The War of Attrition (Al-Istinsaf) was a limited war fought between Egypt and Israel from 1968 to 1970. It was initiated by Egypt as a way to recapture the Sinai from Israel, which had controlled it since the Six-Day War. The war ended with a ceasefire signed between the countries in 1970 with frontiers at the same place as when the war started.

The war began in June 1968 with sparse Egyptian artillery bombardment of the Israeli front line on the east bank of the canal. More artillery bombardments in the following months killed some Israeli soldiers. IDF’s retaliation came on the night of October 30 when heli-borne commandos destroyed Egypt’s main electricity supply. The blackout caused Nasser to cease hostilities for a few months while fortifications around hundreds of important targets were built. Simultaneously Israel reinforced its position on the east bank of the Suez Canal by constructing the Bar Lev Line, a set of thirty-five small forts running north-south along the canal guarded by infantry.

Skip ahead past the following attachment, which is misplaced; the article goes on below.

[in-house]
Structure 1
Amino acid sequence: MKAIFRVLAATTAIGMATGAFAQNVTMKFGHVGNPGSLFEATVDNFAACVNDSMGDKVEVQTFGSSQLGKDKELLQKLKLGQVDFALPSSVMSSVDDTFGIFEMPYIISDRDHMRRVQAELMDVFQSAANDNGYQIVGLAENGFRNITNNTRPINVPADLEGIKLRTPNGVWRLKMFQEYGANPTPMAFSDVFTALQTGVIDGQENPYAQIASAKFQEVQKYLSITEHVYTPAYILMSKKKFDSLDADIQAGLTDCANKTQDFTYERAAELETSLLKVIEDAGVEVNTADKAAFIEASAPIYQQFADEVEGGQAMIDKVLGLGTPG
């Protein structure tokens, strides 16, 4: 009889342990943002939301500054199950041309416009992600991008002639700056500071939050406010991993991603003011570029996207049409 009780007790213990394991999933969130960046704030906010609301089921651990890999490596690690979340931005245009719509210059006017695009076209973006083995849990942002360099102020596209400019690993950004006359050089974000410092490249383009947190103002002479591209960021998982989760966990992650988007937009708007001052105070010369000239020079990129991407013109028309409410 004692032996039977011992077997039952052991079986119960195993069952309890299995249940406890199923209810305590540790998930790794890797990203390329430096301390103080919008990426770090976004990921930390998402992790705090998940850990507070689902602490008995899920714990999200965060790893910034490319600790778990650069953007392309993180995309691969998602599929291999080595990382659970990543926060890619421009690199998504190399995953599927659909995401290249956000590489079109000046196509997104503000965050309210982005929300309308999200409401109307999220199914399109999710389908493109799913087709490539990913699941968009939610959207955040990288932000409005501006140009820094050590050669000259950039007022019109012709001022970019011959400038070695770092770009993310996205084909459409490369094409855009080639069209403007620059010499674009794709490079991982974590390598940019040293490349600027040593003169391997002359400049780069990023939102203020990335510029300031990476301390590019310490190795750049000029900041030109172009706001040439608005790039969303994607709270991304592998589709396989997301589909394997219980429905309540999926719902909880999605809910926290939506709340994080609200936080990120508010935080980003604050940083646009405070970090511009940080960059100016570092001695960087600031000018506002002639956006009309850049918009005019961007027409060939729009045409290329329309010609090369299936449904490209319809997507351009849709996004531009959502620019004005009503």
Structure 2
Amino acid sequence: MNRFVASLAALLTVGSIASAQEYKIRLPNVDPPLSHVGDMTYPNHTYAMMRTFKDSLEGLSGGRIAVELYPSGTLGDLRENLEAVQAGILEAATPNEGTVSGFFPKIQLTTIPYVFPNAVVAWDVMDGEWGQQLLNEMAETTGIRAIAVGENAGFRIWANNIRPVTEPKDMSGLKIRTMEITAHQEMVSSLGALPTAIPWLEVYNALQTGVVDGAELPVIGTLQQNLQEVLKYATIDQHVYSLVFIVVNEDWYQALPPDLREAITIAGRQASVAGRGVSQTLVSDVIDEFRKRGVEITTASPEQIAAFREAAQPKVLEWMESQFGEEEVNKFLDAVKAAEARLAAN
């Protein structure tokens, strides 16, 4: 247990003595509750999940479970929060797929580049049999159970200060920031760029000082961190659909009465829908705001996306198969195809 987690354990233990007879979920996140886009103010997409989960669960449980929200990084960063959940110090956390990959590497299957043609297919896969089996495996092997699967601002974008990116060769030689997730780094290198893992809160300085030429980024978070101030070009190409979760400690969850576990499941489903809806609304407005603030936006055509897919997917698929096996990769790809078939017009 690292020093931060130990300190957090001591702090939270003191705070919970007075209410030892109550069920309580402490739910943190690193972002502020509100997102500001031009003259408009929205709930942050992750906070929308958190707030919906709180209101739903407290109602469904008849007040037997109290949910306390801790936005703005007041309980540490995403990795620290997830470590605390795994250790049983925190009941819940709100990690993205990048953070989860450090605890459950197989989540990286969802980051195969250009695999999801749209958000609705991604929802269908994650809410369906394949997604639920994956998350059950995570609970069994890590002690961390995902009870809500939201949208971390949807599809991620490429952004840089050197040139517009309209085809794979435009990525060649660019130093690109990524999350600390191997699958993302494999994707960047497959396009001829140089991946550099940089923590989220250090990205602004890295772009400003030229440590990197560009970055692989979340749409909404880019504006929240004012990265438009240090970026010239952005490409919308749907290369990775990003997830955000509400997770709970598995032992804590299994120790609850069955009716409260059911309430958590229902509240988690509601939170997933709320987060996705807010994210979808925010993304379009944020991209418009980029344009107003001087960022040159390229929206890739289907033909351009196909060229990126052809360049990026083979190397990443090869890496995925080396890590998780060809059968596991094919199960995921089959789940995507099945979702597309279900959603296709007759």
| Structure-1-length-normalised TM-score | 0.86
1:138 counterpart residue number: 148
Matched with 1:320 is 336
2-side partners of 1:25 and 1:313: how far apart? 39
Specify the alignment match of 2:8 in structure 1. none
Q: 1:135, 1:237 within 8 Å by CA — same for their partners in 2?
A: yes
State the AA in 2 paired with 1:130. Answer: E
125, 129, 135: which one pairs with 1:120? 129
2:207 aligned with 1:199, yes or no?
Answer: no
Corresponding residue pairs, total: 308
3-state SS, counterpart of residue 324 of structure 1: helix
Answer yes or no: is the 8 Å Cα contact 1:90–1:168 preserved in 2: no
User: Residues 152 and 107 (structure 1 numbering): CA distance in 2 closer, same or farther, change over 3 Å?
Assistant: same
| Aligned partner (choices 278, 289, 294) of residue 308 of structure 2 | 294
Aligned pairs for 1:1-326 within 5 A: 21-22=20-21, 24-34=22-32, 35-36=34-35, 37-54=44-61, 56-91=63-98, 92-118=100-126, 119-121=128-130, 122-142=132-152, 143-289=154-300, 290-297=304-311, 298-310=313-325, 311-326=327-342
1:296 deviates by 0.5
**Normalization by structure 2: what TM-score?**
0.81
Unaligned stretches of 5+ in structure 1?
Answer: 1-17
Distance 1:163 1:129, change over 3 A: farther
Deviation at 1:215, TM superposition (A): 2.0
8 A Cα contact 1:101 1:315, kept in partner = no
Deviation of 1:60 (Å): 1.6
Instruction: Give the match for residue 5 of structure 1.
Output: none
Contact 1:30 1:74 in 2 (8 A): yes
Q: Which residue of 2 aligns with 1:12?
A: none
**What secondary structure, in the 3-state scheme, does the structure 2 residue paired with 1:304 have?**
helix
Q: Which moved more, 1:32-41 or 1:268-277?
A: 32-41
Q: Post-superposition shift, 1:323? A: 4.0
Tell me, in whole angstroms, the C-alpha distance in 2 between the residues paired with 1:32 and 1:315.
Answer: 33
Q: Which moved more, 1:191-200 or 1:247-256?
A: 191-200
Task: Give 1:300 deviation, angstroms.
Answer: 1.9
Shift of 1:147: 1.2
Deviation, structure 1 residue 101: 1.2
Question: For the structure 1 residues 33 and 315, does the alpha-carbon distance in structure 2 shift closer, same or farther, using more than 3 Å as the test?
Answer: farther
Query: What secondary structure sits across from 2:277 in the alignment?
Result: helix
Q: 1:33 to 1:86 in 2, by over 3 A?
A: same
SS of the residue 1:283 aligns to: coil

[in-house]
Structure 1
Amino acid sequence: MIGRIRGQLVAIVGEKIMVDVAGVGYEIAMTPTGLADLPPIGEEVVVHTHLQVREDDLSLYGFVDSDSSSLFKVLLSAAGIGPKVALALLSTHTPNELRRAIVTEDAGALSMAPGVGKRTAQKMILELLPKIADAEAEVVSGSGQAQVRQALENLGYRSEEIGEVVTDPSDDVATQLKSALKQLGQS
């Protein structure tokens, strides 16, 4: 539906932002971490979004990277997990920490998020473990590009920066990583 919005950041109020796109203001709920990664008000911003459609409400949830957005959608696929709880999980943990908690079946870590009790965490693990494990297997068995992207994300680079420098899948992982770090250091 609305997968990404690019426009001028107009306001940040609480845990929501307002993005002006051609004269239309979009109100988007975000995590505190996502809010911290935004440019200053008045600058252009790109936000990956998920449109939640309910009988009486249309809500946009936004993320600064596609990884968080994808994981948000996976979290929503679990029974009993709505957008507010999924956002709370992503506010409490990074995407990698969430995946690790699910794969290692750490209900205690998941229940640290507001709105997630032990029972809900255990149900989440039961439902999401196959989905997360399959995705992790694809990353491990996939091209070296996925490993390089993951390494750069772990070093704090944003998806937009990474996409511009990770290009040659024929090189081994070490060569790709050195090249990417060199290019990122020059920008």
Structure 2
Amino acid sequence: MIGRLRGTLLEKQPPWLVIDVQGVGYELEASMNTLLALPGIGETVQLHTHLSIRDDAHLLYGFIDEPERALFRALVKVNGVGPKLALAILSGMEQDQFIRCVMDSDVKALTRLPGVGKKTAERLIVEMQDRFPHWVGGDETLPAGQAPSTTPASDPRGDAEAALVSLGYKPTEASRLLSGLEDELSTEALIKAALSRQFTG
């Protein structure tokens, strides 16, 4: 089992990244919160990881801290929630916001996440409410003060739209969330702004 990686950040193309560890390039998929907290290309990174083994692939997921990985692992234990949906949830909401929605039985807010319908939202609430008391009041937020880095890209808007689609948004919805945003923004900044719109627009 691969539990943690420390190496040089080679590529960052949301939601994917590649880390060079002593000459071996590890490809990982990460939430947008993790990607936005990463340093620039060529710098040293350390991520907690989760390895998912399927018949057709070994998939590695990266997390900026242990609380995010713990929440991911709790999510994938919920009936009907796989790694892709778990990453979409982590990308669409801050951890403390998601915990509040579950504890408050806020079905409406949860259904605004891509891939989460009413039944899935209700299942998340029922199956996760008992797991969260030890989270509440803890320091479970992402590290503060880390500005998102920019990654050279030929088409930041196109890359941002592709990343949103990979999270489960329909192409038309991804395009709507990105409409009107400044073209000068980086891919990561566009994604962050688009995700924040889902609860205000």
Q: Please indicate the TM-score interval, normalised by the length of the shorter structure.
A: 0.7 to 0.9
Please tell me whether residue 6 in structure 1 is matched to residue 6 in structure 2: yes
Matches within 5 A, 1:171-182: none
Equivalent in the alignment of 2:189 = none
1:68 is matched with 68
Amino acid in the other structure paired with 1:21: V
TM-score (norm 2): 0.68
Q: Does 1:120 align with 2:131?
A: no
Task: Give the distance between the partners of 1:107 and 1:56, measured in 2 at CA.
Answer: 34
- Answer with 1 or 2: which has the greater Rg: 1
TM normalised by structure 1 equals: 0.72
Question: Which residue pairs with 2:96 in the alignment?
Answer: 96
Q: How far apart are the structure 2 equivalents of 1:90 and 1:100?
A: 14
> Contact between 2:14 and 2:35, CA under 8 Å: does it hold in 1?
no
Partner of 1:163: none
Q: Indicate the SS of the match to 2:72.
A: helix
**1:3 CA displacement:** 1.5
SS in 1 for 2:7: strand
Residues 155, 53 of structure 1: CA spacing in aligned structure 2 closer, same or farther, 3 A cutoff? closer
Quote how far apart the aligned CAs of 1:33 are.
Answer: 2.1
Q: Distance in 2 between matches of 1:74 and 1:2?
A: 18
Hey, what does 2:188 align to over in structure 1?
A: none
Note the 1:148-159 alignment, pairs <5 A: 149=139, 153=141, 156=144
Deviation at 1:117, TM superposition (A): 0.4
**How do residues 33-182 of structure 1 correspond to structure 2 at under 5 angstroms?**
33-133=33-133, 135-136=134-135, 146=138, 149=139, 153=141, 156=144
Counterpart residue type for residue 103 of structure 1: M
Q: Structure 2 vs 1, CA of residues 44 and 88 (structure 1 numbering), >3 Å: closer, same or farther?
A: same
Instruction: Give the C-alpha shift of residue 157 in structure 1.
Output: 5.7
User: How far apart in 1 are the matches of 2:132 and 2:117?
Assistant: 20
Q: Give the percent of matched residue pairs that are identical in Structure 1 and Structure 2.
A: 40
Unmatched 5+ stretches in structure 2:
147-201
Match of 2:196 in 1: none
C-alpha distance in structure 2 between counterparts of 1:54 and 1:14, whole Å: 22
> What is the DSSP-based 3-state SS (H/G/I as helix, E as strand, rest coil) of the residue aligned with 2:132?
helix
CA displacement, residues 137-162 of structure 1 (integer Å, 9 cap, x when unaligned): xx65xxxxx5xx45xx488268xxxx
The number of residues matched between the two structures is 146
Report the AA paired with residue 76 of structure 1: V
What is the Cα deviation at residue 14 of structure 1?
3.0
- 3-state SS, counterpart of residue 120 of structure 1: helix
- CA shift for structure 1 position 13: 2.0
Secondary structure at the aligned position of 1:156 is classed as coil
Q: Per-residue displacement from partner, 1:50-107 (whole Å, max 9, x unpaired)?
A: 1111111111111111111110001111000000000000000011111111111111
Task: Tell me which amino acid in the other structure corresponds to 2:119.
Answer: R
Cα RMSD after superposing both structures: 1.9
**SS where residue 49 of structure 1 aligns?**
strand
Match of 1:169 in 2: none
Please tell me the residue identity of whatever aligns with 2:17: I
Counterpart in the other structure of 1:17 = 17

In February 1969 Egypt was ready for the next round. President Nasser declared the cease-fire from November the previous year to be null and void. On March 8 Egyptian artillery began massive shelling of the Bar Lev Line causing many Israeli casualties. Soviet MiG-21 fighters were also employed in the attack. The IDF retaliated with deep raids into Egyptian territory causing severe damage. In May, June and July 1969, 47 IDF soldiers were killed and 157 wounded. Although Egypt suffered many times more casualties than Israel, Egypt continued with its aggressive stance. Israel managed to sustain the high casualty rate but was hard-pressed to find a definite solution to the conflict.